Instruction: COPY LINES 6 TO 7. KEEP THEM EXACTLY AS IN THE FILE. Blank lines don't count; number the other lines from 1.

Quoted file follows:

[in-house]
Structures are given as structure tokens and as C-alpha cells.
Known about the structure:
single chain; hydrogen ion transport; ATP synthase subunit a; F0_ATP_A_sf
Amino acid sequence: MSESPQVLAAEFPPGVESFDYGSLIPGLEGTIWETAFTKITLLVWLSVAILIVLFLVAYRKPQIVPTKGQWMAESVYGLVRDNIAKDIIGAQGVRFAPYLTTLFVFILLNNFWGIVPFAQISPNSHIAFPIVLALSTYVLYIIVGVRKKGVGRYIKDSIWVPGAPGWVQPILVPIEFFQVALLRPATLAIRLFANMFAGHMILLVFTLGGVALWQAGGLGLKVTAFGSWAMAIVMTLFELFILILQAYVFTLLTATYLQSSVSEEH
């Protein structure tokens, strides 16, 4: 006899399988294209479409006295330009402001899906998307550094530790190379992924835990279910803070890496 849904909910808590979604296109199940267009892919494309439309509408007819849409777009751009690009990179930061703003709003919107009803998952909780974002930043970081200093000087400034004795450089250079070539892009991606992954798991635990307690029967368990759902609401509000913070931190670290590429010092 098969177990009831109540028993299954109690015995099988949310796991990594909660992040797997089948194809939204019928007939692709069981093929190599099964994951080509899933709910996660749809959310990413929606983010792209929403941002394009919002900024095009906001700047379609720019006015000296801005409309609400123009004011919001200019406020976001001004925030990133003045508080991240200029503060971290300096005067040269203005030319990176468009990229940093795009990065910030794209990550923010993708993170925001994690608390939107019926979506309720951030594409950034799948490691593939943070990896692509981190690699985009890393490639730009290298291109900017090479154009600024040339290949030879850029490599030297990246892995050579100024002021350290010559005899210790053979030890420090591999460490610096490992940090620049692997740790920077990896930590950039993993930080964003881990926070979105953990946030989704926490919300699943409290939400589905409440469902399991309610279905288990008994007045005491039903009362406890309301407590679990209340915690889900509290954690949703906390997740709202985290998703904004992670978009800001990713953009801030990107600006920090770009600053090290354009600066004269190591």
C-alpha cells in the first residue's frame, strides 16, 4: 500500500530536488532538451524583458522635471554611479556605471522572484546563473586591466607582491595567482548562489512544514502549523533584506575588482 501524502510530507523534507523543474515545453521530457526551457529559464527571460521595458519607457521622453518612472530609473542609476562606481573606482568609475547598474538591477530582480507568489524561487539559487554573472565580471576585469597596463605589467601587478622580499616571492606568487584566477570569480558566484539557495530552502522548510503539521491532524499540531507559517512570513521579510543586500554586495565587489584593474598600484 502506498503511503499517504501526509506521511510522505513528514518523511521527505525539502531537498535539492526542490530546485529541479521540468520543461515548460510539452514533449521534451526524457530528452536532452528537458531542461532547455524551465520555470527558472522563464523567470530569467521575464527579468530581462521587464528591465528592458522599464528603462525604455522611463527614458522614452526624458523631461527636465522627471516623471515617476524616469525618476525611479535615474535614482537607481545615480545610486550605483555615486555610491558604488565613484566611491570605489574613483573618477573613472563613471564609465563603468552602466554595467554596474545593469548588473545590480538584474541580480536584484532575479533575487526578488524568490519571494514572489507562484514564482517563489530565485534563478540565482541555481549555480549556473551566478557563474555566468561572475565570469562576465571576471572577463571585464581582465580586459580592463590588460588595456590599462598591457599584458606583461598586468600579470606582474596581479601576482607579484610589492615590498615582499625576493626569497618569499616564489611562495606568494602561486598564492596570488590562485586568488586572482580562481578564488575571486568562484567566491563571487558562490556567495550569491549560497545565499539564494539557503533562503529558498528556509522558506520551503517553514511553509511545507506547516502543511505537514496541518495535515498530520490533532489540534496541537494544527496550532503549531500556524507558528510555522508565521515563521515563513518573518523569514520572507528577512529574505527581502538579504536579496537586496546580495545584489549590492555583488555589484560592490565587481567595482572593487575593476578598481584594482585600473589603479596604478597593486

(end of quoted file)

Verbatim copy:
């Protein structure tokens, strides 16, 4: 006899399988294209479409006295330009402001899906998307550094530790190379992924835990279910803070890496 849904909910808590979604296109199940267009892919494309439309509408007819849409777009751009690009990179930061703003709003919107009803998952909780974002930043970081200093000087400034004795450089250079070539892009991606992954798991635990307690029967368990759902609401509000913070931190670290590429010092 098969177990009831109540028993299954109690015995099988949310796991990594909660992040797997089948194809939204019928007939692709069981093929190599099964994951080509899933709910996660749809959310990413929606983010792209929403941002394009919002900024095009906001700047379609720019006015000296801005409309609400123009004011919001200019406020976001001004925030990133003045508080991240200029503060971290300096005067040269203005030319990176468009990229940093795009990065910030794209990550923010993708993170925001994690608390939107019926979506309720951030594409950034799948490691593939943070990896692509981190690699985009890393490639730009290298291109900017090479154009600024040339290949030879850029490599030297990246892995050579100024002021350290010559005899210790053979030890420090591999460490610096490992940090620049692997740790920077990896930590950039993993930080964003881990926070979105953990946030989704926490919300699943409290939400589905409440469902399991309610279905288990008994007045005491039903009362406890309301407590679990209340915690889900509290954690949703906390997740709202985290998703904004992670978009800001990713953009801030990107600006920090770009600053090290354009600066004269190591």
C-alpha cells in the first residue's frame, strides 16, 4: 500500500530536488532538451524583458522635471554611479556605471522572484546563473586591466607582491595567482548562489512544514502549523533584506575588482 501524502510530507523534507523543474515545453521530457526551457529559464527571460521595458519607457521622453518612472530609473542609476562606481573606482568609475547598474538591477530582480507568489524561487539559487554573472565580471576585469597596463605589467601587478622580499616571492606568487584566477570569480558566484539557495530552502522548510503539521491532524499540531507559517512570513521579510543586500554586495565587489584593474598600484 502506498503511503499517504501526509506521511510522505513528514518523511521527505525539502531537498535539492526542490530546485529541479521540468520543461515548460510539452514533449521534451526524457530528452536532452528537458531542461532547455524551465520555470527558472522563464523567470530569467521575464527579468530581462521587464528591465528592458522599464528603462525604455522611463527614458522614452526624458523631461527636465522627471516623471515617476524616469525618476525611479535615474535614482537607481545615480545610486550605483555615486555610491558604488565613484566611491570605489574613483573618477573613472563613471564609465563603468552602466554595467554596474545593469548588473545590480538584474541580480536584484532575479533575487526578488524568490519571494514572489507562484514564482517563489530565485534563478540565482541555481549555480549556473551566478557563474555566468561572475565570469562576465571576471572577463571585464581582465580586459580592463590588460588595456590599462598591457599584458606583461598586468600579470606582474596581479601576482607579484610589492615590498615582499625576493626569497618569499616564489611562495606568494602561486598564492596570488590562485586568488586572482580562481578564488575571486568562484567566491563571487558562490556567495550569491549560497545565499539564494539557503533562503529558498528556509522558506520551503517553514511553509511545507506547516502543511505537514496541518495535515498530520490533532489540534496541537494544527496550532503549531500556524507558528510555522508565521515563521515563513518573518523569514520572507528577512529574505527581502538579504536579496537586496546580495545584489549590492555583488555589484560592490565587481567595482572593487575593476578598481584594482585600473589603479596604478597593486